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Dec
9
comment Slow one-way pseudo-random permutation?
Why do you need to store the permutation as $2^m$ words of $m$ bits, rather than just using any short-block cipher on $m$-bit blocks? Also: what's the security gap you expect from this? (i.e., the ratio in workfactor to break vs the workfactor for the legitimate parties to compute this function.) My rough back-of-the-envelope estimate suggests you should expect a very small security gap. If we precompute the discrete log of all primes up to $2^{21}$ (about $2^{17}$) of them, the time to compute a single discrete log is about 200 smoothness tests (sieving + ECM on a $\le 84$-bit number).
Dec
8
comment Slow one-way pseudo-random permutation?
Right. This answer doesn't work. If the matrix is non-invertible, then this won't be a permutation. The original question asks for a one-way permutation. (If it didn't need to be a permutation, this question would be easy to solve: you could just use SHA256 truncated appropriately.)
Dec
7
comment PRP representation size
@Bush, your question still has the same problems. Have you tried answering the questions in the last paragraph of my question? They are intended to get you thinking along lines that enable you to clear up your confusion on your own.
Dec
7
comment Slow one-way pseudo-random permutation?
@fgrieu, excellent point. OK, I guess I don't know how to make this slow after all (unless each person will only use the key once -- but that's probably a relatively rare situation). Thank you for catching that.
Dec
7
comment Slow one-way pseudo-random permutation?
@RickyDemer, yup, either do that (i.e., iterate: a standard way to make something slow), or make the key expansion of $k \mapsto (k_0,k_1)$ slow (if each person will only use the key $k$ once -- which might not apply here, but I mention it just for completeness).
Dec
6
comment Keyed digest function with odds of collision below the birthday bound?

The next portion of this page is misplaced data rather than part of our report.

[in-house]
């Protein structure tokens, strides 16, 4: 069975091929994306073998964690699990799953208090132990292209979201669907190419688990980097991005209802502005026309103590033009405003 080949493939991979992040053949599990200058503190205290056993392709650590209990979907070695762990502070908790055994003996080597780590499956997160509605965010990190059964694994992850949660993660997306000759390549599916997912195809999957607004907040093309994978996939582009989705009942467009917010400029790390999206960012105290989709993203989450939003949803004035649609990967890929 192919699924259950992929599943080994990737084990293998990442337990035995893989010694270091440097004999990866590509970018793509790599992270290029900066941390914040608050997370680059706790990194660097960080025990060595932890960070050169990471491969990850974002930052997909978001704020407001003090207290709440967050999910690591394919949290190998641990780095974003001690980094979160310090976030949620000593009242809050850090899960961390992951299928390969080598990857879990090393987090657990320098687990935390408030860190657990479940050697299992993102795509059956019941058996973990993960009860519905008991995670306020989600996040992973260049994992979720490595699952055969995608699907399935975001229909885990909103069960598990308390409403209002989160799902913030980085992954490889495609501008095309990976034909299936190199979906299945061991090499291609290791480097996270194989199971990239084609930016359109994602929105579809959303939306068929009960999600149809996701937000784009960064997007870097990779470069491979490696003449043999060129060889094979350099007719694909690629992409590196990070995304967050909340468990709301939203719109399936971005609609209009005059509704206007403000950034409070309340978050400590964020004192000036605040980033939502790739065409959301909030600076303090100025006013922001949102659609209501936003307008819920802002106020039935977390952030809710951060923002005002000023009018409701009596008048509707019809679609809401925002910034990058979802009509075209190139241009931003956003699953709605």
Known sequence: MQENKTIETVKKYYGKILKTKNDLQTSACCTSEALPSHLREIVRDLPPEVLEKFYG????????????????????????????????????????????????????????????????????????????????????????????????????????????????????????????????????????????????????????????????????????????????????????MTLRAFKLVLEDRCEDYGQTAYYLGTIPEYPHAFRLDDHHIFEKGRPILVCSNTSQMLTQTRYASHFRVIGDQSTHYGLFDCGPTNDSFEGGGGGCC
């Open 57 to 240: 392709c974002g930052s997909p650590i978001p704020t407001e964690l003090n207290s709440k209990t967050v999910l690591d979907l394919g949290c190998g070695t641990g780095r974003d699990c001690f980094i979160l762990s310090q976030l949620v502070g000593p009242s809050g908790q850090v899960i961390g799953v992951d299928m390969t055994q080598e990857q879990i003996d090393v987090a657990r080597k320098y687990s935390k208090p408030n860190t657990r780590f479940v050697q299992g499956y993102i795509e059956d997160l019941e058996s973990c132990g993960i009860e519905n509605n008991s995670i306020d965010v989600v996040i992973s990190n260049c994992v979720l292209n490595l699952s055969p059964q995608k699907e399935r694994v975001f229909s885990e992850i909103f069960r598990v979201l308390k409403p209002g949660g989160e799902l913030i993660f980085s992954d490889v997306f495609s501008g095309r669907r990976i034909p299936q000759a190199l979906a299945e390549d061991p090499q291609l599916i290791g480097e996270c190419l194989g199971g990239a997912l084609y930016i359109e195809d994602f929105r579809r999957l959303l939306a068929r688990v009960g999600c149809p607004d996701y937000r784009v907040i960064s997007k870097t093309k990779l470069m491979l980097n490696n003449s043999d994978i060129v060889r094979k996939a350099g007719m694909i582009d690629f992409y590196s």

Is there any reason to think that the polynomial given here is hard to invert? It looks to me like that paper shows that these polynomials are easy to invert. In particular, it looks like the proofs of Propositions 1 and 2 give an explicit algorithm to find $x$ such that $p(x)=d$ (where $p$ is one of these permutation polynomials). For instance, equation (9) shows how to solve $(x^{2^k}+x+a)^{-l}+x=d$ for $x$, and the displayed equation at the end of Proposition 2 shows how to solve $(x^{2^k}+x+a)^s+x=d$ for $x$. (Cc:ing @fgrieu)
Dec
6
comment Slow one-way pseudo-random permutation?
I still don't think I understand the requirements, but I suspect if you took a step back and allowed yourself to admit other solutions you could find better, simpler solutions. For instance, something using a trusted server or HSM. P.S. I think there's a solution to the mobile app issue you mentioned. Suppose there's a 256-bit SHA256 hash. You can ask the user to enter in the first 64 bits of the hash, then look it up in the database of items and see if that's to uniquely identify the item; if it isn't, have them enter in the rest. It will be extremely rare that a user needs to enter more.
Dec
6
comment Can insecure algorithms be combined to form a secure algorithm?
Also, they are hoping it will be safe, but there is no proof that this is safe.
Dec
6
comment Slow one-way pseudo-random permutation?
Also, why does your application require such a complex construct? Why not just store a unique random serial number in the 2-D barcode, and have a back-end database that maps the serial number to whatever data is associated to that card (of course, the data can be encrypted under one merchant's key if you wish). Perhaps I haven't quite understood the application yet.